Minority of sexually molested boys become perpetrators in adulthood

מתוך medicontext.co.il
NEW YORK (Reuters Health) – A "cycle" of child sexual abuse seems to exist for only a minority of male victims, but not at all for female victims, report investigators at the Tavistock and Portman NHS Trust in London.

Dr. I. Kolvin and colleagues conducted a clinical case note review of 843 randomly selected subjects attending a forensic psychotherapy clinic for sexual deviants and offenders. Two women and 225 men were found to be child abusers, out of a total of 96 women and 747 men.

Forty-one of the women were victims of sexual abuse, one of whom became a perpetrator, the investigators report in the British Journal of Psychiatry for December. Seventy-nine of 135 male victims became perpetrators.

Homosexual men and transvestites were significantly less likely to be perpetrators than were heterosexual men and men who were not transvestites (p < 0.001 for both). The authors observed no significant associations between status as a child molester and voyeurism, fetishism, obscene phone calls, or other sexually deviant acts.

Ten perpetrators and eight nonperpetrators used pornography compulsively, suggesting this as a possible risk factor. In addition, 19 of 24 men molested by a female became perpetrators compared with 60 of 111 molested by males. Thus, victimization by a female may contribute more to a male becoming an abuser than victimization by a male. However, the authors caution that the numbers may be too small to establish causation.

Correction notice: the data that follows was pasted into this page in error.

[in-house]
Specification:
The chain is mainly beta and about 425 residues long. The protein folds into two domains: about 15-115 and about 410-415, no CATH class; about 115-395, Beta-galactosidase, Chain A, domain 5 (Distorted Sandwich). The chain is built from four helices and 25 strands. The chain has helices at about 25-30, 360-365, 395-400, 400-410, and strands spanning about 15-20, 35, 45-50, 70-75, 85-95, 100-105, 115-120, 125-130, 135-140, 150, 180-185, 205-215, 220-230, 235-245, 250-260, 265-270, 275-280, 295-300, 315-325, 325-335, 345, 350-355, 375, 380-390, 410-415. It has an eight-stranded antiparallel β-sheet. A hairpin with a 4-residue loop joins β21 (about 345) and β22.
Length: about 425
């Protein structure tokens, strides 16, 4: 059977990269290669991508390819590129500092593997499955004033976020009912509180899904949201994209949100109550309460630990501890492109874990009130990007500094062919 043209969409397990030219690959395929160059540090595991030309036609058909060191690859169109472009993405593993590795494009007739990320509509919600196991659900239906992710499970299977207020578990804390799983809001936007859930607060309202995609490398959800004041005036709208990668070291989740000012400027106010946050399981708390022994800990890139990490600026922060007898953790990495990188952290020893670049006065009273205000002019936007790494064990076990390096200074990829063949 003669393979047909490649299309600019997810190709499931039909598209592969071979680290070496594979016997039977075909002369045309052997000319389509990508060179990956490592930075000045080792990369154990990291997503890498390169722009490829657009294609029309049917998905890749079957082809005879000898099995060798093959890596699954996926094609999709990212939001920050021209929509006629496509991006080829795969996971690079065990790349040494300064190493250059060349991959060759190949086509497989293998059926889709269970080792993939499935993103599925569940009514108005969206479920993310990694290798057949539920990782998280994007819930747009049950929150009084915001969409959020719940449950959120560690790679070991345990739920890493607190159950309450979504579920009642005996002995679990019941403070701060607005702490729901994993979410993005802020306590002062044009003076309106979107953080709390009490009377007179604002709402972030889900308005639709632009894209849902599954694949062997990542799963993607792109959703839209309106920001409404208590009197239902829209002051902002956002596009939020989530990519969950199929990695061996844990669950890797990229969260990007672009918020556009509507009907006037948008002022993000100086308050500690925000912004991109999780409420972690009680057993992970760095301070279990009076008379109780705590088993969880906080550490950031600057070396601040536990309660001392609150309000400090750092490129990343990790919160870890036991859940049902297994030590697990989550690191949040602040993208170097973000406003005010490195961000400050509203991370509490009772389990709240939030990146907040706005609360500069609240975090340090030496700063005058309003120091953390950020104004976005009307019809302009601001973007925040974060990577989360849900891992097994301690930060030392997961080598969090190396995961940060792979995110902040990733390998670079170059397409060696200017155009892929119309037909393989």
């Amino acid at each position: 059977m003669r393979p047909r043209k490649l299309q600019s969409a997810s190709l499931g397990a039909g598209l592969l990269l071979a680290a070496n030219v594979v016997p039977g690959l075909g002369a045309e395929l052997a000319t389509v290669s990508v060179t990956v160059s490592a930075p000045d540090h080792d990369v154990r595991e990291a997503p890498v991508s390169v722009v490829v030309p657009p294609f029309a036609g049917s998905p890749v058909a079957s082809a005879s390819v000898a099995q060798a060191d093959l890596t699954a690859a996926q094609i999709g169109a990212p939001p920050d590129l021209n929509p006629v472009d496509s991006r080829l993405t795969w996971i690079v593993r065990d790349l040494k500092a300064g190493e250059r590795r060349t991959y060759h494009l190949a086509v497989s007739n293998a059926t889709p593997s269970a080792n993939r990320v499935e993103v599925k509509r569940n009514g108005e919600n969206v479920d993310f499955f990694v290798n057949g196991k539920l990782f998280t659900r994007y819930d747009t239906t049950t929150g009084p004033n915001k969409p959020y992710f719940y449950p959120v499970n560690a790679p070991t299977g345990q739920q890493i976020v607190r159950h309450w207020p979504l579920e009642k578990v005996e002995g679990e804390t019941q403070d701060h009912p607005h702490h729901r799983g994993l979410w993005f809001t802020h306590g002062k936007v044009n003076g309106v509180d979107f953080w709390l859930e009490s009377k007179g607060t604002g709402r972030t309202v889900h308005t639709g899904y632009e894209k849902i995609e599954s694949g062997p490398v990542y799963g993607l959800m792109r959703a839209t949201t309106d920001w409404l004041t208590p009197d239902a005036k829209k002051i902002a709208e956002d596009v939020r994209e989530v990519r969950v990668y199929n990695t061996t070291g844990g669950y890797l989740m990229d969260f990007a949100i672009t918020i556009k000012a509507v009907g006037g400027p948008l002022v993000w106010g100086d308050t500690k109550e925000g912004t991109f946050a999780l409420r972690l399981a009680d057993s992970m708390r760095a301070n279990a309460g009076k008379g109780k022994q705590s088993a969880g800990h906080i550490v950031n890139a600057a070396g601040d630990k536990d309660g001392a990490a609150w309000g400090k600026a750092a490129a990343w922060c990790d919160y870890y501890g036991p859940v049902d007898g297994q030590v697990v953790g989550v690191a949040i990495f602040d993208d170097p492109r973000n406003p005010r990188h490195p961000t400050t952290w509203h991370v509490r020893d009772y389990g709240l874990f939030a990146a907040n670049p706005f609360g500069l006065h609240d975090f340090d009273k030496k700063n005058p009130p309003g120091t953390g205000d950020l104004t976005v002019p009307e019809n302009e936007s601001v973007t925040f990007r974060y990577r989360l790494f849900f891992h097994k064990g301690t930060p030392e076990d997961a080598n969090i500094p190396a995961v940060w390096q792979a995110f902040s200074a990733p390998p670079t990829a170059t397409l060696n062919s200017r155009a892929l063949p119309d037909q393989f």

"Although the data do not provide strong support for a cycle of sexual abuse encompassing a substantial proportion of male perpetrators, prior victimisation may have some effect in a minority of perpetrators, and can be viewed as one mediating factor which enhances the probability of subsequent perpetrator behaviour," the authors summarize.

Two invited commentaries accompany the report by Dr. Kolvin's team. Dr. Mary Cannon, of the Institute of Psychiatry in London, cautions against blaming the victim, which could lead to further stigmatization and stress for individuals who have been molested in childhood. She does praise the study for exposing "psychoanalytic theory to epidemiological scrutiny."

Dr. Susan Bailey, of Mental Health Services of Salford in Manchester, UK, notes that "for each individual, dispositions conditioned by childhood abuse are subject to many different kinds of combinations of motivating and mediating factors that ultimately determine whether or not and in what circumstances being abused can lead on to abusing."

She maintains that the real challenge for society is to develop treatment programs that are then evaluated by long-term follow-up.

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